Maybe I am misunderstanding this point entirely, and feel free to correct me if this is the case. However, since we are pursuing knowledge, which must come from inquiry, which must first come from a proposal, I would like to propose that there is, in fact, a middle ground. And more than that, there is always a middle ground.
Let me begin by saying that I am not a philosopher. I am an engineer. I am used to dealing with problems and finding a solution. Note that I did not say the solution. For as I am beginning to slowly grasp, in engineering there are often multiple solutions that are workable and practical to any problem.
Apply this idea to our actions. Is any one action a singular solution or a singular result of a separate action? I would argue no. However, it is the only course of action taken. But what drives this action? What motives, besides our "separate action", lie behind our one singular course of action taken? This is where it gets tricky.
Our actions are partially tainted. Even the most generous man may hold pride in his heart for the amount he has given away. But how do we prove this? The easiest way to prove sinfulness is to examine our own lives. I think back to all of my "good" deeds, only to find that behind them lies a prideful, or resentful, or reluctant heart. Our hearts, being polluted and perverted by sin, do not have the power to motivate us to do otherwise. Even when we attempt holiness, we still have upon us the taint of sin, like a stain that cannot be removed. This is dreary, burdensome stuff. But in order to understand why there must be a middle ground, we must understand our own sin.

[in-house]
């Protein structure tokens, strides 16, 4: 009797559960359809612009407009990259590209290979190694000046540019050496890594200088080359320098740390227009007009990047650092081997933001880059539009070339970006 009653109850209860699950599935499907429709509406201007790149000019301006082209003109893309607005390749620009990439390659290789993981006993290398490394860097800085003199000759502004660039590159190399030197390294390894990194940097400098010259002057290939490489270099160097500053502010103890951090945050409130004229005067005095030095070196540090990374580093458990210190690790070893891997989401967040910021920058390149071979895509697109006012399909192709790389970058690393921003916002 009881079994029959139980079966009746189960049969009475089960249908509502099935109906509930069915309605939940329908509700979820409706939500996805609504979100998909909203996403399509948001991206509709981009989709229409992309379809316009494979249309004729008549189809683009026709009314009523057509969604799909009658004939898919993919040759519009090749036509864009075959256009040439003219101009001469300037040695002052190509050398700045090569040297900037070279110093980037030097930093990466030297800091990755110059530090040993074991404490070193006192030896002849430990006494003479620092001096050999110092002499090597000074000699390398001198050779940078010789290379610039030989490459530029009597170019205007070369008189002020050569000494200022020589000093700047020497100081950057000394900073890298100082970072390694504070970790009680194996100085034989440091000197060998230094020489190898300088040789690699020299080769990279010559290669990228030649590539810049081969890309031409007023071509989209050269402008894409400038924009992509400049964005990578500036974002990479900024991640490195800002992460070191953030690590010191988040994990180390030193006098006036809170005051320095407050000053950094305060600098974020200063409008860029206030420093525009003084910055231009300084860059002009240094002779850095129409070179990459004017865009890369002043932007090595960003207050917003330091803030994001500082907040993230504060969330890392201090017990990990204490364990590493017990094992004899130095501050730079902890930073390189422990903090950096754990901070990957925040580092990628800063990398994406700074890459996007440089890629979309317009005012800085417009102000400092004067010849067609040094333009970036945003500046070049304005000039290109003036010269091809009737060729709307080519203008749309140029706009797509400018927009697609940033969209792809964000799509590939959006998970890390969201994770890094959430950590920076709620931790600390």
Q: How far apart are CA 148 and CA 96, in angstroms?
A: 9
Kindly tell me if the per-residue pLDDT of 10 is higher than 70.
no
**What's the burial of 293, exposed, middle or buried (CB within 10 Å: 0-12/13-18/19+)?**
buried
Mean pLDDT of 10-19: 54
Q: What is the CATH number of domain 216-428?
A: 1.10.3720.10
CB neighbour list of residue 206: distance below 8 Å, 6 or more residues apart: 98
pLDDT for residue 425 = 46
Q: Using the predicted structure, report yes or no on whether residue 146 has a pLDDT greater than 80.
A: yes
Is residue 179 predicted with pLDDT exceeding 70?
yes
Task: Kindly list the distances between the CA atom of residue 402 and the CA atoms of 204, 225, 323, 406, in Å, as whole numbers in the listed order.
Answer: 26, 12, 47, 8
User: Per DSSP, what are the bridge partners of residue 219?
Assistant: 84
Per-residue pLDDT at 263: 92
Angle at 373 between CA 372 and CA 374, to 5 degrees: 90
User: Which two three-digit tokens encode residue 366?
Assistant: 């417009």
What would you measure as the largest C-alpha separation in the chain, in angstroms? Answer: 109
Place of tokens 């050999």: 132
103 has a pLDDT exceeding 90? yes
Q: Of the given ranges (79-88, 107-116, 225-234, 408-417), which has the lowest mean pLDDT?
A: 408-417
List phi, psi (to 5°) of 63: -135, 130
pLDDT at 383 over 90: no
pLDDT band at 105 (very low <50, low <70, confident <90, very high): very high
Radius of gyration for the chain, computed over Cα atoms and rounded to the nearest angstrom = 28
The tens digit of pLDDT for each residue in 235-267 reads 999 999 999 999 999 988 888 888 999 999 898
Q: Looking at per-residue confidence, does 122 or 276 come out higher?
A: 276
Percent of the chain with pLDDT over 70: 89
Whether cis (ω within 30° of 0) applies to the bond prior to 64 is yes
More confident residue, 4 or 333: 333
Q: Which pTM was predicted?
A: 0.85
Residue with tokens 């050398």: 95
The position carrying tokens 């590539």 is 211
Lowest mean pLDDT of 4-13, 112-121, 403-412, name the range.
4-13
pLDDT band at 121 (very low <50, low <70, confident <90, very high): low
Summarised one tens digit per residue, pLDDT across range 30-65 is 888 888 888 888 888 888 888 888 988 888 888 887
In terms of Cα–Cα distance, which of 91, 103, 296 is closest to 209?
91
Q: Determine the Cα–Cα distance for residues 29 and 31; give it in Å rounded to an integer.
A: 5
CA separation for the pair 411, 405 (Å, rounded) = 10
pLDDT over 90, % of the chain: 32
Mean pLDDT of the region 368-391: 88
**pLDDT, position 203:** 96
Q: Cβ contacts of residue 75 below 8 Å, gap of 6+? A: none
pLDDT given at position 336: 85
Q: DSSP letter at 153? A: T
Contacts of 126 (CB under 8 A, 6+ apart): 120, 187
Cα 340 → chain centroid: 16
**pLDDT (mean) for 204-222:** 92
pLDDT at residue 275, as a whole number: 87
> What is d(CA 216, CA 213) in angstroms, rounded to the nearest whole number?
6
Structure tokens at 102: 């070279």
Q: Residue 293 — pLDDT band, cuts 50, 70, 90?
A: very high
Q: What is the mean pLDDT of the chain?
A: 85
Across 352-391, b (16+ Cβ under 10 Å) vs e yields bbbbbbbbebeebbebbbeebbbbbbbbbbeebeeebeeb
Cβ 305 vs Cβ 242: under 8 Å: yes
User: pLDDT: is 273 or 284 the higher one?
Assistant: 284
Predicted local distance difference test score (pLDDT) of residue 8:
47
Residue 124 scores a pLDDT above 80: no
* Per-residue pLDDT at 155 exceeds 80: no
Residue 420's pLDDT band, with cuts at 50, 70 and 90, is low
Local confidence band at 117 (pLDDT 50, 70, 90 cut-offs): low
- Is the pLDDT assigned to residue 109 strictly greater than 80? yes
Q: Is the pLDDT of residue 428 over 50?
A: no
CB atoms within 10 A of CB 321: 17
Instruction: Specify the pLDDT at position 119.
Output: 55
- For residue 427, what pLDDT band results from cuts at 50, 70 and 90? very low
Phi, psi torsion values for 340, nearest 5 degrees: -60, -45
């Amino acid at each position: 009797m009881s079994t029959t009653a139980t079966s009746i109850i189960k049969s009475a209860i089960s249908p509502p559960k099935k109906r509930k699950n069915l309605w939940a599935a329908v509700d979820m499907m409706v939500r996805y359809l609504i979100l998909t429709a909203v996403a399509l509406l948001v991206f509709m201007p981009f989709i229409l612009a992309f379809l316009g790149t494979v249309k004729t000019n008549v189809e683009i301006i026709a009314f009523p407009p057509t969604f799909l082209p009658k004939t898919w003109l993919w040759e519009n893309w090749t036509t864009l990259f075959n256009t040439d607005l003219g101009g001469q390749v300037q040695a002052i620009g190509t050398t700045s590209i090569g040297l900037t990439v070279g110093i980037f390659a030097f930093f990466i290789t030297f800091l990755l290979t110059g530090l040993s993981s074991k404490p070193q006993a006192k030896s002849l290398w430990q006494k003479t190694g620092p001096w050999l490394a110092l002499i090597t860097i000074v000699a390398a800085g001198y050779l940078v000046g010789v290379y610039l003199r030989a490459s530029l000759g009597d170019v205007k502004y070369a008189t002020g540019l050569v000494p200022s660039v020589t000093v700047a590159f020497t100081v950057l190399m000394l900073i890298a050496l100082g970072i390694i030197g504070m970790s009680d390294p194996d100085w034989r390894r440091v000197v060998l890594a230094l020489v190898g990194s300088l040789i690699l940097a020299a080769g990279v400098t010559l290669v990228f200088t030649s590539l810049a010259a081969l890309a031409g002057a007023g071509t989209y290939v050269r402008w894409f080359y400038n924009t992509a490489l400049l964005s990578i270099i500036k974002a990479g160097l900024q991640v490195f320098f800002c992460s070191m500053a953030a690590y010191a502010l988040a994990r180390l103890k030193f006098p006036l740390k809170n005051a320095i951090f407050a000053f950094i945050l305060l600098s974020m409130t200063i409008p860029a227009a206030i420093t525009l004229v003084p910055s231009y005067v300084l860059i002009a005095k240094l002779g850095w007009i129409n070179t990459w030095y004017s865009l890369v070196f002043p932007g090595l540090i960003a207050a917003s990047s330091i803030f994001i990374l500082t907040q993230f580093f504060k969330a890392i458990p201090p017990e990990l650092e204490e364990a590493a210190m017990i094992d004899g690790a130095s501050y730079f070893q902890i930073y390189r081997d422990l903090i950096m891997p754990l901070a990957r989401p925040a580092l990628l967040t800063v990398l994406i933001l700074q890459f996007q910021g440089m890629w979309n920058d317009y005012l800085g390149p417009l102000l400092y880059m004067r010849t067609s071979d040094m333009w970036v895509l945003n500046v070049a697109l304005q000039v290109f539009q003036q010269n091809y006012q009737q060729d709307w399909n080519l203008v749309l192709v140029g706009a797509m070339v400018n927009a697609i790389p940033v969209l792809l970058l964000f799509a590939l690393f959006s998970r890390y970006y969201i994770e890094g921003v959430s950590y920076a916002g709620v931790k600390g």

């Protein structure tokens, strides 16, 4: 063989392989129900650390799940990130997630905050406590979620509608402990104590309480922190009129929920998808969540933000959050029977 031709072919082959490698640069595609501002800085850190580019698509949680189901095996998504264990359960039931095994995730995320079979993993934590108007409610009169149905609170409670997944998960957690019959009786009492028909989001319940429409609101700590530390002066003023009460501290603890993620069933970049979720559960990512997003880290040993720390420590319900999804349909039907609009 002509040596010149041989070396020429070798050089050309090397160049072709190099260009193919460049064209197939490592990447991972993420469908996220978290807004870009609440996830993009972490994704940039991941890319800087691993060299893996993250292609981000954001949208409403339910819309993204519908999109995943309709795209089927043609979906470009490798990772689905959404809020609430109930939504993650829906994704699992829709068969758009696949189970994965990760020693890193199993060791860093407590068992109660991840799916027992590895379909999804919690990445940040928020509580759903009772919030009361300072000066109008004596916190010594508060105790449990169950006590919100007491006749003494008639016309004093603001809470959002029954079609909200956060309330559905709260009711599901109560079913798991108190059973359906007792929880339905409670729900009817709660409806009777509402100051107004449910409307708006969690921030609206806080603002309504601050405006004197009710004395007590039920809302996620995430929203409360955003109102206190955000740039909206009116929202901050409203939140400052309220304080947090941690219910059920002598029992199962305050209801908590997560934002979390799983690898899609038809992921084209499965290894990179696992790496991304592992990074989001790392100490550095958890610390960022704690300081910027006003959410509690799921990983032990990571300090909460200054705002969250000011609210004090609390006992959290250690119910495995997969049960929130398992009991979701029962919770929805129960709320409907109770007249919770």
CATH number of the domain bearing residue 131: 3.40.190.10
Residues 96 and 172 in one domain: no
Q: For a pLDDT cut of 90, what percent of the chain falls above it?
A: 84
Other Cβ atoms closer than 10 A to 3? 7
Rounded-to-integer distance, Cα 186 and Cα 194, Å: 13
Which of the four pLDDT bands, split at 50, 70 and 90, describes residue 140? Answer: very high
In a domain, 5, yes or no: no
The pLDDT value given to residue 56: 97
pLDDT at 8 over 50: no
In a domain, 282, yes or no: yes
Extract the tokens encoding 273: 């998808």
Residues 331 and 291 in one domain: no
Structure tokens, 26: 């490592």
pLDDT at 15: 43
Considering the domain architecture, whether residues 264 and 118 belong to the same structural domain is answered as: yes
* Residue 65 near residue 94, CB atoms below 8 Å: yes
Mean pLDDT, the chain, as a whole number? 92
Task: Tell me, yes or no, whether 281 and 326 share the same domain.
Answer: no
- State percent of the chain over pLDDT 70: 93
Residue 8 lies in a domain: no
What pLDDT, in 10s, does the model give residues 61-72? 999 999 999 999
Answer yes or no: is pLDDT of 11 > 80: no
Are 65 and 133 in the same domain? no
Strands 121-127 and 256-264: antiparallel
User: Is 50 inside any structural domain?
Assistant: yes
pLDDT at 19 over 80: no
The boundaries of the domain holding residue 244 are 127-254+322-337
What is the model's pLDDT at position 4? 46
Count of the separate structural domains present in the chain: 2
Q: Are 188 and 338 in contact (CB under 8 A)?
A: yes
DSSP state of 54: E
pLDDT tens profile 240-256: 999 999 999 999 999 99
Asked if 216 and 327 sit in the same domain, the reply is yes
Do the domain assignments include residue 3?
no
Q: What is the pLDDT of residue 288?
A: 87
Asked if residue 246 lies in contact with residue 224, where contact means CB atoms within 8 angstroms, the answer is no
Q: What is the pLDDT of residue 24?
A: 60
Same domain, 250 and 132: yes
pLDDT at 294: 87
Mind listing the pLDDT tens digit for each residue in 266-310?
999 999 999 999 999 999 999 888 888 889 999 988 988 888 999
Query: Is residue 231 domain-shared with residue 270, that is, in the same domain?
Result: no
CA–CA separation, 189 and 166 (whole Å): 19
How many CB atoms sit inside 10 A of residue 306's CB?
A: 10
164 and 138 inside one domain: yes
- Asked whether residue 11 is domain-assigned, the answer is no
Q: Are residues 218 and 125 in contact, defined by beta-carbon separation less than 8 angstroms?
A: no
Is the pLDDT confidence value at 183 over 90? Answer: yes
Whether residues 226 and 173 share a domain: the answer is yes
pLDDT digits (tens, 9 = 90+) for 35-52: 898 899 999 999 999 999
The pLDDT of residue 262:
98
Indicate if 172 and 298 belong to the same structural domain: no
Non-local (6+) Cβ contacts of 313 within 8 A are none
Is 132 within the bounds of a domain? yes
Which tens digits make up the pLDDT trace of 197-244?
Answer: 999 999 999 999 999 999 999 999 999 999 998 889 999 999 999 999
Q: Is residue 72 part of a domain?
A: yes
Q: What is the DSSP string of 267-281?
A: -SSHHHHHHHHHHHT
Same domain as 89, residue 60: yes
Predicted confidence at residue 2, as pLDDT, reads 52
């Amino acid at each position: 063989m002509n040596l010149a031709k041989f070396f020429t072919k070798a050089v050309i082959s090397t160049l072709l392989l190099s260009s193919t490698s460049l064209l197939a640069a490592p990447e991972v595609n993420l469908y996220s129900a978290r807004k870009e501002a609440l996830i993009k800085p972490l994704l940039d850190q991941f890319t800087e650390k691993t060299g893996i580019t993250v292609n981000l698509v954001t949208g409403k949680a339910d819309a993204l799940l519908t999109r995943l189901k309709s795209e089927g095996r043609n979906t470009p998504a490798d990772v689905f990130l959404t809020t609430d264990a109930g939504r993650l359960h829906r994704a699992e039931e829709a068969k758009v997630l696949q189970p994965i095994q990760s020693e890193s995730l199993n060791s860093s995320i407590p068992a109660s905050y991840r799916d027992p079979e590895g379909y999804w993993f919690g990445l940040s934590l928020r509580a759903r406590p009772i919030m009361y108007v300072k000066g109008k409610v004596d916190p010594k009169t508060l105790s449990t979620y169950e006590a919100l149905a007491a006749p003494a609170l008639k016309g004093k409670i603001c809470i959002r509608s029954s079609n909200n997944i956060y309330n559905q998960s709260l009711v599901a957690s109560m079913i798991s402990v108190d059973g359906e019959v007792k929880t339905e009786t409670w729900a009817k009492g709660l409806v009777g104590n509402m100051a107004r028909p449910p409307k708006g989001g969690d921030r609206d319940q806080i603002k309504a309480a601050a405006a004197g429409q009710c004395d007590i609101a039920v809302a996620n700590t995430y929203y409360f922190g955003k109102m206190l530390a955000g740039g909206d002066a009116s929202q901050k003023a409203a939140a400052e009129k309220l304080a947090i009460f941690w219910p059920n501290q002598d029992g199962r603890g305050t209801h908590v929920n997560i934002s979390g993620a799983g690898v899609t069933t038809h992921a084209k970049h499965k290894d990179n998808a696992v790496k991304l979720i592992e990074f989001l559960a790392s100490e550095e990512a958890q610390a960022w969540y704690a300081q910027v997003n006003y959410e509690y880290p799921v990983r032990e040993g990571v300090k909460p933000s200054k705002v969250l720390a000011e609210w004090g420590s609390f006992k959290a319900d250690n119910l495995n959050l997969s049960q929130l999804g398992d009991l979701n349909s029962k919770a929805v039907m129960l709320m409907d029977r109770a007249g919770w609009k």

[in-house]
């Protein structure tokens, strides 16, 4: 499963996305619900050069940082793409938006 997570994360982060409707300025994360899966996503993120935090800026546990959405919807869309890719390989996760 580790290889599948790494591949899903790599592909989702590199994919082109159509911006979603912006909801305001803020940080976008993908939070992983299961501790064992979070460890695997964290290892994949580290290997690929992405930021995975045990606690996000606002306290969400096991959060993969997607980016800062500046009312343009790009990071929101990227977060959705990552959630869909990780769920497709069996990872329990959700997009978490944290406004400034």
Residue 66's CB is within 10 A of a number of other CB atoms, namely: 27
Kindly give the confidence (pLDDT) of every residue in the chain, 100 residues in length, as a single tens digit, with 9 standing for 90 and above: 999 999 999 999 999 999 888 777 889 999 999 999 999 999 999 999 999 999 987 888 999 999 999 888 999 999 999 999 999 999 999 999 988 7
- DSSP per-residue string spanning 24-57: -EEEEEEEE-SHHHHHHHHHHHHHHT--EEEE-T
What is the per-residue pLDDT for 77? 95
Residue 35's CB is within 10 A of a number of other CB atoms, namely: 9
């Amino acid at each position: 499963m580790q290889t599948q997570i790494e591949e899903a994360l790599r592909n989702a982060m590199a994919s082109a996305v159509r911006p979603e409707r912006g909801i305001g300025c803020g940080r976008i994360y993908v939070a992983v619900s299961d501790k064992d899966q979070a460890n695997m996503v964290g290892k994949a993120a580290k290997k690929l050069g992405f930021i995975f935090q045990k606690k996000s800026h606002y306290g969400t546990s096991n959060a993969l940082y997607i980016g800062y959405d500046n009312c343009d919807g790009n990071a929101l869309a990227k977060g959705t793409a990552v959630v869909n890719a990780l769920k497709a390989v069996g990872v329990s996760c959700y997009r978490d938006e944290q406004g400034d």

Here lie the final questions: Is an action that is tainted by this stain of sin still "sacred"? Or should it be considered purely "secular"? If all actions tainted and stained by sin are "secular", there would be no goodness, no grace within this world. Already, we can see the falseness of this idea. There is in this world a presence of goodness which can be accredited to God and the Holy Spirit, and some actions reflect, at least partially, this glory. Then let us examine the other question; the question of a tainted action's sacredness. To be sacred is "to be holy and set apart by God." How can an action motivated by a bundle of good and bad intentions be considered holy and sacred? God is perfect. An action affected by sin is not perfect because of the destruction polluting effect that sin has on everything. Therefore, there must be an answer that allows an action to be simultaneously "sacred" and "secular." This is what I am calling the middle ground.
In this middle ground, actions can be partially sacred, but never fully.
I am not saying, however, that actions are devoid of meaning. There is a meaning attached to all actions, thoughts, and decisions. Aside from anecdote, this is difficult to prove. It is difficult to see how that one sheet of paper I throw away could change a different person's life. What is remarkable is the fact that our God can use small, "insignificant" actions to change other lives. The meaning of actions can also be considered in a different light. Since sin and goodness seem so wrapped together, how can an action have neither? How can the taint of sin not affect everything we do once we accept its pervasiveness? And how can we not see the holiness and goodness that must come in some way with the action?